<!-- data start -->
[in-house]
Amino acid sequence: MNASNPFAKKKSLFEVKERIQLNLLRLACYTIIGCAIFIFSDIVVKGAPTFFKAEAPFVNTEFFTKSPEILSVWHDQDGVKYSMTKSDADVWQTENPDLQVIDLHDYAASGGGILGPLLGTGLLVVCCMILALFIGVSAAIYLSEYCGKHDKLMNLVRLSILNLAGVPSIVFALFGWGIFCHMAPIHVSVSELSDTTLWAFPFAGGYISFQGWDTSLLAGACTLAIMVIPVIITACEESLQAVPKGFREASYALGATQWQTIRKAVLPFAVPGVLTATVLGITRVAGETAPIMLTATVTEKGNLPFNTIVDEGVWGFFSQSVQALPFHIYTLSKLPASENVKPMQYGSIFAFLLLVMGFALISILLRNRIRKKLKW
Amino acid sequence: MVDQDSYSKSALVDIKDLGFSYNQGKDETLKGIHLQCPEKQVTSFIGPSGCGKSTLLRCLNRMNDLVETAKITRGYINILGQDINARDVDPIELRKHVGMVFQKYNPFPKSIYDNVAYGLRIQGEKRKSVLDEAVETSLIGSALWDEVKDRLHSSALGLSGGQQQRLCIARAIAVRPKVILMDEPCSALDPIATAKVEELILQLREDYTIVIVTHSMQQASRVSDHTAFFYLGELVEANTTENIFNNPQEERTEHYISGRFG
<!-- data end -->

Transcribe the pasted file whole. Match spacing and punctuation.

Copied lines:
[in-house]
Amino acid sequence: MNASNPFAKKKSLFEVKERIQLNLLRLACYTIIGCAIFIFSDIVVKGAPTFFKAEAPFVNTEFFTKSPEILSVWHDQDGVKYSMTKSDADVWQTENPDLQVIDLHDYAASGGGILGPLLGTGLLVVCCMILALFIGVSAAIYLSEYCGKHDKLMNLVRLSILNLAGVPSIVFALFGWGIFCHMAPIHVSVSELSDTTLWAFPFAGGYISFQGWDTSLLAGACTLAIMVIPVIITACEESLQAVPKGFREASYALGATQWQTIRKAVLPFAVPGVLTATVLGITRVAGETAPIMLTATVTEKGNLPFNTIVDEGVWGFFSQSVQALPFHIYTLSKLPASENVKPMQYGSIFAFLLLVMGFALISILLRNRIRKKLKW
Amino acid sequence: MVDQDSYSKSALVDIKDLGFSYNQGKDETLKGIHLQCPEKQVTSFIGPSGCGKSTLLRCLNRMNDLVETAKITRGYINILGQDINARDVDPIELRKHVGMVFQKYNPFPKSIYDNVAYGLRIQGEKRKSVLDEAVETSLIGSALWDEVKDRLHSSALGLSGGQQQRLCIARAIAVRPKVILMDEPCSALDPIATAKVEELILQLREDYTIVIVTHSMQQASRVSDHTAFFYLGELVEANTTENIFNNPQEERTEHYISGRFG